Jami Uretsky: Yes, she had, she did have to drop down in some of the classes. She had been an honors student and she had to not take some honors classes and just take some regular classes because she wasn’t able to do things like look at graph paper keep up with some of the heavier reading of the honors classes. So when Madeline did go back to school after her sophomore year she was tested at her speech and language therapist office, and she tested at the cognitive level of a five-year-old. But she just worked so hard that she ended up graduating high school fifth in her class.

Host: What kind of brain rehabilitation protocols did you follow?

Jami Uretsky: So we’ve been to an herbalist. She’s had nutritional counseling. She sees a psychiatrist for her ADHD to regulate her medication. She’s been to a chiropractor who specializes in kinesiology and muscle memory for her whiplash. She’s used special glasses called eye lights for her focus. As I mentioned, she had tutors for every subject when she returned to school. She’s done cranial sacral therapy, physical therapy, speech therapy and a chiropractor who adjusts only her Atlas, and then another chiropractor who specializes in functional neurology. And that’s what I think has helped her the most because it included a rigorous course of vestibular therapy three days a week for three months.

Host: Wow. So these chiropractic seem to be some of the most helpful to you?

Jami Uretsky: Yes. And they were all very different from each other.

Host: Was it really expensive? So I’m also thinking what’s the burden or the cost on, on the family. And how did her injuries impact the family?

Jami Uretsky: It is very expensive because most of them don’t take insurance. I was lucky that I was able to do these for her, but there are so many out there who can’t afford to do all of this.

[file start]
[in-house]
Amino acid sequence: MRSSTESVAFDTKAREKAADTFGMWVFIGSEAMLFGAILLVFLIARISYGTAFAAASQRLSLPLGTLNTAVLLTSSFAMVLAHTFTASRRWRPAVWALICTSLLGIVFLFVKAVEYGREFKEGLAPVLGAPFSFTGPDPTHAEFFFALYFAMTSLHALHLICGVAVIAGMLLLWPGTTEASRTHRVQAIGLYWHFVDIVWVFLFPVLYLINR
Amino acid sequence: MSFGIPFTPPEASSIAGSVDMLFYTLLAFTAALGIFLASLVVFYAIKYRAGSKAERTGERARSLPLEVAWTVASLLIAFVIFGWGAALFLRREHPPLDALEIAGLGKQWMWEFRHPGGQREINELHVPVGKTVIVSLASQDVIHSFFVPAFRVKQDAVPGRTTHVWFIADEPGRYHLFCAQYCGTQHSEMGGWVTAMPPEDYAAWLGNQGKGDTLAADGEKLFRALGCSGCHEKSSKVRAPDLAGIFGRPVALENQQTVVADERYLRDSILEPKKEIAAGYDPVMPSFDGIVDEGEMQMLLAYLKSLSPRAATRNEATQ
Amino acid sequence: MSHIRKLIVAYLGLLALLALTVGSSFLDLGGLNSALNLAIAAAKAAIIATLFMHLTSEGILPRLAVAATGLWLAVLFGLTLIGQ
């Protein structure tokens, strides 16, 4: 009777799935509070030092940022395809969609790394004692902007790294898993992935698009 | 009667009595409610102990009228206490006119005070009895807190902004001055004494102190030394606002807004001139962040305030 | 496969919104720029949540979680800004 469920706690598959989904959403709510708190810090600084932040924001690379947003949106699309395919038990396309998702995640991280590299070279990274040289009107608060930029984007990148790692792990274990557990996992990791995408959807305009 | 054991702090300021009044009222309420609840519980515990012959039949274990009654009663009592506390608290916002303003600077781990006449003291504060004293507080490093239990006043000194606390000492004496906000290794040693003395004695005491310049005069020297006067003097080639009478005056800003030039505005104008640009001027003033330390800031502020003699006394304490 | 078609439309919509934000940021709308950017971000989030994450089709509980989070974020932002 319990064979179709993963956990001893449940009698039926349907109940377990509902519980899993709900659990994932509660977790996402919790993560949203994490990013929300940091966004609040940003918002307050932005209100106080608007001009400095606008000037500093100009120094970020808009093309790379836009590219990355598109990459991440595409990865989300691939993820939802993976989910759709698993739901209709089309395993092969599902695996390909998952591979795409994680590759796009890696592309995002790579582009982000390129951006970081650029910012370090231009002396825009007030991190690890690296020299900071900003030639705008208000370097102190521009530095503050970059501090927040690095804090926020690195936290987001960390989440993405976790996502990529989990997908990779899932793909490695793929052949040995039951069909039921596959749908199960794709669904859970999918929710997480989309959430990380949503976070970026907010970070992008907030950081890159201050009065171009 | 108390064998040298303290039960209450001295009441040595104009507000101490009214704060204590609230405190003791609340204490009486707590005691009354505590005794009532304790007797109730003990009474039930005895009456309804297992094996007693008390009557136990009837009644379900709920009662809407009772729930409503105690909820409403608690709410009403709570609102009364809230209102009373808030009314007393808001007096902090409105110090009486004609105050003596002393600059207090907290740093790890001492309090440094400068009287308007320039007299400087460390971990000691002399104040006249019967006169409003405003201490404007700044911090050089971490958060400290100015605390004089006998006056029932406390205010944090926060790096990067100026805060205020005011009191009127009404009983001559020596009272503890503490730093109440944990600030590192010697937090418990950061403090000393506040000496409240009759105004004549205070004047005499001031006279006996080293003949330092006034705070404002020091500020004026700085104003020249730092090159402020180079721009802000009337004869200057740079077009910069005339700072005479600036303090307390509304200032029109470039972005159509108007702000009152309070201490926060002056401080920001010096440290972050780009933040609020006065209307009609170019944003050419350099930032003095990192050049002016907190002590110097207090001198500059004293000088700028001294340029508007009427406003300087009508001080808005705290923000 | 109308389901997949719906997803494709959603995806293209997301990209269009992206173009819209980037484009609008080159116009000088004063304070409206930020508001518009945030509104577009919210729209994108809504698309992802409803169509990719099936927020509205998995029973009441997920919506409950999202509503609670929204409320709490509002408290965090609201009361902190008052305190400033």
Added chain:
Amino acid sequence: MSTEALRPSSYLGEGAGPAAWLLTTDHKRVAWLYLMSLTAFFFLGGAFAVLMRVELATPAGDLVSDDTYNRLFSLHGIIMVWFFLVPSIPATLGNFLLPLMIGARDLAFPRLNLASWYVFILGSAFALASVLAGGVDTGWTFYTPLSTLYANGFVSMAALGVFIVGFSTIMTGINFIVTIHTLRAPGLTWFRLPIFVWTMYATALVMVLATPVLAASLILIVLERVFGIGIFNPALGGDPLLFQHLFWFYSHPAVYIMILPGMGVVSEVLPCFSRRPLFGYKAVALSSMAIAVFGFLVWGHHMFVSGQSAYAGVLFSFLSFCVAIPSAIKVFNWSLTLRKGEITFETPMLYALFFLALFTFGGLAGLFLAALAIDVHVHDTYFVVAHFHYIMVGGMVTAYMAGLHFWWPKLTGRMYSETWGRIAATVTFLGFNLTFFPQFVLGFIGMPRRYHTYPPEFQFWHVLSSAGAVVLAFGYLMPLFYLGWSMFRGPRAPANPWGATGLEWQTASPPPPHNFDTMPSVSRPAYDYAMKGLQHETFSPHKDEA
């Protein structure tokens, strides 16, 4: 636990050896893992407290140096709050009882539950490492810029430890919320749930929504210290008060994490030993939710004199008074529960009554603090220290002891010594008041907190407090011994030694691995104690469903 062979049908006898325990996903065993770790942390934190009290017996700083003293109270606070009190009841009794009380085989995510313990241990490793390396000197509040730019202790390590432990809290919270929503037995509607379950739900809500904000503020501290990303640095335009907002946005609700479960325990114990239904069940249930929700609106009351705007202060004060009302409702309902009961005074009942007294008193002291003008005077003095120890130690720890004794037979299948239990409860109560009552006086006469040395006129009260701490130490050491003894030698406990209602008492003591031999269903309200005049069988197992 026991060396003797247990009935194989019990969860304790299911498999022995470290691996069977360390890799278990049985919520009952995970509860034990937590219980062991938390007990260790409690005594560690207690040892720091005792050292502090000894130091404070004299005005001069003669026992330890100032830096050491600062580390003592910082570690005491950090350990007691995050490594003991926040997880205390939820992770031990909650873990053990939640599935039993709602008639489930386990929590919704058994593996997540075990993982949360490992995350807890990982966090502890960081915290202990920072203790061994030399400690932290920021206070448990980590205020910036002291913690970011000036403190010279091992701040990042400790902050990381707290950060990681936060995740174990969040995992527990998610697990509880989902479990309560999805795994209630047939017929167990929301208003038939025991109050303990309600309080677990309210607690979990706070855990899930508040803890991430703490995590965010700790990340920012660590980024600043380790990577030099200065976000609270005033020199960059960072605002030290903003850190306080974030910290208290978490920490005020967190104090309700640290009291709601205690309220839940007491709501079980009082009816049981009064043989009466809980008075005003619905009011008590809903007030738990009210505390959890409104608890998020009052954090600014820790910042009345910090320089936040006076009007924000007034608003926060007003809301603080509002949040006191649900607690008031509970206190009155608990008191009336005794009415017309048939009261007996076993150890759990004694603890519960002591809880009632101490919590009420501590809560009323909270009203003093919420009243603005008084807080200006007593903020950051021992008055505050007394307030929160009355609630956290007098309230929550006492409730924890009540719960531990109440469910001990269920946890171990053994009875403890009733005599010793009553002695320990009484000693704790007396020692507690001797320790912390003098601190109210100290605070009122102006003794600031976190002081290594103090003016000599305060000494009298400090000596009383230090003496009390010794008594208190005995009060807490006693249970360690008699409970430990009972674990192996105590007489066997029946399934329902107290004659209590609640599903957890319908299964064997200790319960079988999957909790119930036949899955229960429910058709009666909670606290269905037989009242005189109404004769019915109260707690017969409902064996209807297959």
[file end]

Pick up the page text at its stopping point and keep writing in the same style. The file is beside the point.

Host: Is she, to this day, is she still doing some of these protocols. Is she still seeing a chiropractor? Is she still working with the psychiatrist? Is she?

Jami Uretsky: So she isn’t doing anything regularly now because she’s working full time. But she was going to the chiropractor who was adjusting her Atlas regularly up until this past January when she went back to school for the rest of her senior year. She does go to the psychiatrist for checks on her medication every three months.

Host: And let me ask you this. So sort of in looking at high school soccer, I wanted to ask, had they done any baseline testing on any of the athletes prior to Madeline having her injury?

Jami Uretsky: Yes. All athletes at her school were required to take the impact test, which was great, but she was never well enough to then be tested again because she’d never been cleared to play any more sports.

Host: That’s interesting. And when she had her injury, did she have a CT scan? What did they do when she went to the hospital?

Jami Uretsky: Yes, she had a CT scan and she had an MRI and both were clear.

Host: See, that’s what’s so interesting. And that’s in working with kids who play collision based sports. We hear a lot of that. And so parents feel like I’ve gone and had my child tested, the head CT is good. The neurologist said, I’m good, I need to just sleep this off. You know, just watch and monitor. What would you say to that? Now you’re a parent who’s gone through this, what kind of advice would you give to parents whose children’s are about to go back to school and play soccer and even to those who’ve struggled with brain injuries?